--- Peter Vanbroekhoven <calamitas / advalvas.be> wrote:

> On Wed, 31 Aug 2005, Peter Vanbroekhoven wrote:
> 
> > On Tue, 30 Aug 2005, David A. Black wrote:
> >
> >> I see what you mean; it's very magic.  I can't think of a
> way to
> >> implement it in Ruby, and even though someone will be able
> to with dl
> >> or whatever, it will still be too magic :-)
> >
> > Actually... Here's an implementation using the very thing
> that started this 
> > thread:
> >
> >  class Object
> >    private :send
> >    def method_missing(m, *args, &blk)
> >      if m == :send
> >        eval "self.#{args[0]}(*args[1..-1], &blk)"
> >      else
> >        eval "#{m}(*args, &blk)"
> >      end
> >    end
> >  end
> >
> >  class A
> >    def do_sth
> >      puts "hello"
> >    end
> >    private :do_sth
> >  end
> >
> >  A.new.instance_eval { do_sth } # => prints "hello"
> >  A.new.do_sth # => raises NoMethodError
> 
> OK, pasted the wrong version... Here goes another try:
> 
>    class Object
>      private :send
>      def method_missing(m, *args, &blk)
>        if m == :send
>          eval "self.#{args[0]}(*args[1..-1], &blk)"
>        else
>          super
>        end
>      end
>    end
> 
>    class A
>      def do_sth
>        puts "hello"
>      end
>      private :do_sth
>    end
> 
>    A.new.instance_eval { send(:do_sth) } # => prints "hello"
>    A.new.send(:do_sth) # => raises NoMethodError
> 
> Peter

How about a version that allow classes to override send and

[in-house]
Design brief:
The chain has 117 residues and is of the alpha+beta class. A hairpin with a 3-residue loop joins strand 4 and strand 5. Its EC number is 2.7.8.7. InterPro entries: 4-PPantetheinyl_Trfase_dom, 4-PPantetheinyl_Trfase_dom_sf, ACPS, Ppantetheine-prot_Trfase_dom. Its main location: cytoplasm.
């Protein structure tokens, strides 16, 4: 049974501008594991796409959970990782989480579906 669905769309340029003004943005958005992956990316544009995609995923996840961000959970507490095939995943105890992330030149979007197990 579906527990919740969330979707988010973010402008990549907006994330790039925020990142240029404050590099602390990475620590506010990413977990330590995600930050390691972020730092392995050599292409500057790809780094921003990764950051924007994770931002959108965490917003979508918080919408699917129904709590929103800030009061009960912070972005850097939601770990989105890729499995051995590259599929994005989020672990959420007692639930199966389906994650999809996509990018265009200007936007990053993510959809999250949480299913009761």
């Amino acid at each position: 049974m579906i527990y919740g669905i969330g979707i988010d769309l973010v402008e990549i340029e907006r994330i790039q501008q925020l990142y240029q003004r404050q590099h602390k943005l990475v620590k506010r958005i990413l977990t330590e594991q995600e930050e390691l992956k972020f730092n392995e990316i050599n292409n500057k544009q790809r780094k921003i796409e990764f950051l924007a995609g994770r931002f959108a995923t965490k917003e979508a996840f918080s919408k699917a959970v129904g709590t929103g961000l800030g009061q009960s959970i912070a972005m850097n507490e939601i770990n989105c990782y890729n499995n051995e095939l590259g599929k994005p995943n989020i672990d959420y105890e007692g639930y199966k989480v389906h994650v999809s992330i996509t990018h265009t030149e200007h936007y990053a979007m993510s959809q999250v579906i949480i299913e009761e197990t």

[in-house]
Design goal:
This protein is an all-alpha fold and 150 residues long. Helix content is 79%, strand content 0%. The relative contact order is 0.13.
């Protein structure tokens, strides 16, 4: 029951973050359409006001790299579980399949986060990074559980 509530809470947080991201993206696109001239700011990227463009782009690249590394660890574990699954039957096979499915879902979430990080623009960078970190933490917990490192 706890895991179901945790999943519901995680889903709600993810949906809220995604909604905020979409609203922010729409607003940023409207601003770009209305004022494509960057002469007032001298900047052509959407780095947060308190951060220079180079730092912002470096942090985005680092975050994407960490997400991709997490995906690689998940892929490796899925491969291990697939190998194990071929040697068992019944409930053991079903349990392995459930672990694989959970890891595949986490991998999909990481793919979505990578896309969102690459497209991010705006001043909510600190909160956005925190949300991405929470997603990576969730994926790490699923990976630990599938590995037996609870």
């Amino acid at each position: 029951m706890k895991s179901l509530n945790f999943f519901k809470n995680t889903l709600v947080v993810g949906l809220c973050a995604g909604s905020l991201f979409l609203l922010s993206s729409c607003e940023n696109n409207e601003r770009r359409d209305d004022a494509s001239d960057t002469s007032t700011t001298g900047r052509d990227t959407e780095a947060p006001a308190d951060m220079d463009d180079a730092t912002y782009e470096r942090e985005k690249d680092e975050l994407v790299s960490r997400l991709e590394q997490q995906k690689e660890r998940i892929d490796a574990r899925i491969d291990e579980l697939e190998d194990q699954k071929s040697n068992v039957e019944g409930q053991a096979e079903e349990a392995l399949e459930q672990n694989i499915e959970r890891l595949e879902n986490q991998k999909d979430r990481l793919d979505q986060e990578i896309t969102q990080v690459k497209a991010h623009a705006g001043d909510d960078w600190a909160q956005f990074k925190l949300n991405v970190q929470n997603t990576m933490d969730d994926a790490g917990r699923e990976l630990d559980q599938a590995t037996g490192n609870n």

call the original with super?  Or how about aliasing send? 
Here are some of the tests I showed in a previous message with
this:

a = A.new
a.send(:do_sth) # => raises NoMethodError
a.send(:send,:do_sth) # => raises NoMethodError
a.instance_eval{send(...)} # => prints "hello"
a.instance_eval{send(:send,...)} # => prints "hello"

class A
  alias _send send
  def send(m,*args,&block)
    super
  end
end

a.send(:do_sth) # => prints "hello"
a.instance_eval{send(:do_sth)} # => prints "hello"
a._send(:do_sth) # => prints "hello"
a.instance_eval{_send(:do_sth)} # => prints "hello"
  
Notice you lose the dual functionality as soon as you do
anything to send.  It looks like you can get it back by doing
this:

class A
  private :_send
  private :send
end

It is quite difficult to follow what is going on in the above
examples and why it works.

This is an interesting way of determining whether a method was
called with or without a receiver.  But, I still think it isn't
a good idea.  I think a method's functionality should be
independent of that.


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